Carrie Bradshaw is no stranger to burnout. The New York City-based fashion aficionado and columnist behind "Sex and the City" spends most of her time writing about, well, sex and the city, or at least thinking about what she'll write about, well, sex and the city for the fictional newspaper, The New York Star.
Writing about her sexual escapades and those of her close friends somehow provides her an income to not only survive but thrive in one of the world's most expensive cities. And while that part isn't so believable, what is believable is the fact that, in some episodes, she's very much burned out. After all, it's not easy being an iconic author with a column optioned for a Matthew McConaughey-produced film (season three), becoming a regular freelancer for Vogue magazine (season four), and then having a column that's compiled into a hit book (season five) — all while maintaining a number of her own messy relationships, plus her friends' divorces, affairs and sex scandals and finding time to regularly brunch dressed to the nines.
But alas, I digress. Bradshaw is still human, right? (In a fictional sort of way.) She burns out, too. Here are four stages of burnout that even she's experienced.
Bradshaw is constantly trying to prove herself, not only as worthy of praise for her writing but also worthy of her boyfriend (and later husband) Big's love. In fact, Bradshaw is notoriously led by her emotions, always trying to prove herself to Enid, who is her abrasive and demanding Vogue editor, and always begging Big to "just tell me I'm the one." She seems to rely on validation from others to feel "enough," often doubting herself and calling herself "not perfect" along the way. None of us are perfect but Bradshaw feels like she needs to be.
Bradshaw is always working and, often, because her work involves writing about her personal life, it can take a toll on her personal life — like her relationship with Big. For example, in the Sex and the City movie, Bradshaw is so excited to be married to Big and photographed for Vogue magazine for a piece on women who are 40-something and tying the knot. Her guest list for her wedding quickly blooms from 75 to 200 guests, and her simple label-less wedding dress gives way to an enormous designer gown, in which she'll get married at the New York Public Library in the direct public eye.
Big opposes the massive and totally over-the-top wedding and ends up with cold feet, but Bradshaw was so tied up with how she'd appear in the magazine and the wedding itself that she lost sight of why she was getting married. (Big was still a heartless you-know-what, don't get me wrong.)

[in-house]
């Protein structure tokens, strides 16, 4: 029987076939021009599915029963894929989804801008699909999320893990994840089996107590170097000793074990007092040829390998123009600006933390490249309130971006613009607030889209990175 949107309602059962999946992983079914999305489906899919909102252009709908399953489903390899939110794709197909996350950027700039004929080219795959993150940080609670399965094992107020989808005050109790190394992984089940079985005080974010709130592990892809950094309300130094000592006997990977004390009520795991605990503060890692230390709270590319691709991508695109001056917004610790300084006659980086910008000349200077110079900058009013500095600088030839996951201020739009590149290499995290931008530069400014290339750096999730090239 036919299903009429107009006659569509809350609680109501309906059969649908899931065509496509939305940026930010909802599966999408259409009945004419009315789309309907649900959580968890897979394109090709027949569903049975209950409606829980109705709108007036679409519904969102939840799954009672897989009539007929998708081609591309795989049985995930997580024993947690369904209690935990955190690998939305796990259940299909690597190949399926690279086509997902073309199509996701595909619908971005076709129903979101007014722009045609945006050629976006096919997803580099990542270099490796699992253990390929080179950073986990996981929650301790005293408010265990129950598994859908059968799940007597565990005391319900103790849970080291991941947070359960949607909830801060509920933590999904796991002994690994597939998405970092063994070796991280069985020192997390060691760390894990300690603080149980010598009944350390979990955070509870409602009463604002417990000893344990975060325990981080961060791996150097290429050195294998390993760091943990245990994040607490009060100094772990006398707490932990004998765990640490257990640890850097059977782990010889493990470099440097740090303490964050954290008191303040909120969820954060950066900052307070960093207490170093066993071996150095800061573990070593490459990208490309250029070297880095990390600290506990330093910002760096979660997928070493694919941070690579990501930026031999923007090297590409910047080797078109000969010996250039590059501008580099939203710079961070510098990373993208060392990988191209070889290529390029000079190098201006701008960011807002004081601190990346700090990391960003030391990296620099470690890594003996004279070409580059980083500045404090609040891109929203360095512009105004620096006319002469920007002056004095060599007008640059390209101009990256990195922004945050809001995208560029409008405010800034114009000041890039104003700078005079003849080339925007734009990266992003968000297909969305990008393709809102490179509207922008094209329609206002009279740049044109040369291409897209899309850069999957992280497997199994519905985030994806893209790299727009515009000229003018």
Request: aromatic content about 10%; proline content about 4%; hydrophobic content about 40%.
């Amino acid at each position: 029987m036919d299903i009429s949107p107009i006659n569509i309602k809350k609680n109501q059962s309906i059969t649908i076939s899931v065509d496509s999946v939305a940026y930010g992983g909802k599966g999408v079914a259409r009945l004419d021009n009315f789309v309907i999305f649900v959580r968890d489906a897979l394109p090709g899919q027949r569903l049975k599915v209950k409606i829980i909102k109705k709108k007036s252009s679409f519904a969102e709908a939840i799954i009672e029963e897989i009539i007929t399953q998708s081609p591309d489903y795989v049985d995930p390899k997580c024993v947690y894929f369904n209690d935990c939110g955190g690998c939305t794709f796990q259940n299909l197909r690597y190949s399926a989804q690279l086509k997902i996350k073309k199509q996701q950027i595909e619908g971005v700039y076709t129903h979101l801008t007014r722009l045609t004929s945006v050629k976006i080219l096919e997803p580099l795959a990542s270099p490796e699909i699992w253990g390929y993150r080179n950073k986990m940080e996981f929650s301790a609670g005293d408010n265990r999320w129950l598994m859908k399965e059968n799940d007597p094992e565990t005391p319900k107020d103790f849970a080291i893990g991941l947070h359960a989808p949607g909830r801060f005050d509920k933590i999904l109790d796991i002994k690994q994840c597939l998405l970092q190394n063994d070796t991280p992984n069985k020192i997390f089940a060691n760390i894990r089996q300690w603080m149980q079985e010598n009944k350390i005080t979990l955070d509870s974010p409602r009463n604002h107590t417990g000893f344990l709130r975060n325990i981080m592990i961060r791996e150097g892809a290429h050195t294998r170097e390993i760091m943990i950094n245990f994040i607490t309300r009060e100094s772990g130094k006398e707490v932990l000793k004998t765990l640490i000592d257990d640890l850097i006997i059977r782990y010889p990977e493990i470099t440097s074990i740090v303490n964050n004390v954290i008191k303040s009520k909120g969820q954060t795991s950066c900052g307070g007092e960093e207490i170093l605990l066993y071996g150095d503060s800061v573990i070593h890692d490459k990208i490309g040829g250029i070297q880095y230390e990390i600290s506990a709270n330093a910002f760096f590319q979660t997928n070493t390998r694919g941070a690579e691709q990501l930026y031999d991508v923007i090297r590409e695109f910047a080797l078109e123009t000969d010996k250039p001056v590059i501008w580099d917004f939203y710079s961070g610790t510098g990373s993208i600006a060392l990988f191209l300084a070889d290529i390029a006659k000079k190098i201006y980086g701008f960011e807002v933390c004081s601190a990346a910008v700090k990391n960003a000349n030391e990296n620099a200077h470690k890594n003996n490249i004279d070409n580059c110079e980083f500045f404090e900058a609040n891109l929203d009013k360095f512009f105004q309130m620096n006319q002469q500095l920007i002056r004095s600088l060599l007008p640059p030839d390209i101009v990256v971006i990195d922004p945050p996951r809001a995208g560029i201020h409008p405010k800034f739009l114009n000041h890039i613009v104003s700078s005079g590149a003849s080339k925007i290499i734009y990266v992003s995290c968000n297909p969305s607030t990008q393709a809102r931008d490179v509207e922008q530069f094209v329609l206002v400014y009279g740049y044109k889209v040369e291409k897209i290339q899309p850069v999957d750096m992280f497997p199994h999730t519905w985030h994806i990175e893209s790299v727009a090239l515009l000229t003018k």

An inner emptiness is one surefire sign of burnout and, often, to overcome this feeling, people turn to activities such as overeating, sex, alcohol and other exaggerated vices. Of course, eating, sex and alcohol aren't necessarily negative behaviors, but, when done or had in excess, they can become poor and even dangerous coping mechanisms. Bradshaw's life is filled with this kind of behavior, as exhibited through her multiple unhealthy and arguably toxic relationships (think: Keith Travers, Sam, Patrick Casey, Giles, Jeremy, Vaughn Wysel, Wade Adams, Jack Berger, Howie Halberstein, Aleksandr Petrovsky, Big...).
When she's not dating awful men, she's usually out drinking with the girls and often seen smoking cigarettes (which she sometimes tries to quit). Heck, the woman even has an unabated shopping addiction and, let's be real: Addiction is addiction, and none of it is healthy. She hoards so many clothes, she has to keep her sweaters in her oven...
Even Bradshaw has felt anxiety, despite how glamorous her life seems. Haven't you ever noticed how she's always "beginning to wonder if..." It's because she's always in her head, seldom living in the moment. She's constantly worried about the next steps in her relationship or the next big article she'll write. And she's certainly hit rock bottom a time or two (or more).
Remember the time she questioned, "Maybe you're only allowed a certain amount of tears per man, and I've used mine up." Or the time she admitted: "I’ve spent $40,000 on shoes and I have no place to live? I will literally be the old woman who lived in her shoes!" Or how about the time she said: "The fact is, sometimes it’s really hard to walk in a single woman's shoes. That’s why we need really special ones now to make the walk a little more fun." That all sounds a lot like anxiety taking over.
AnnaMarie Houlis is a feminist, a freelance journalist and an adventure aficionado with an affinity for impulsive solo travel. She spends her days writing about women’s empowerment from around the world. You can follow her work on her blog, HerReport.org, and follow her journeys on Instagram @her_report, Twitter @herreportand Facebook.
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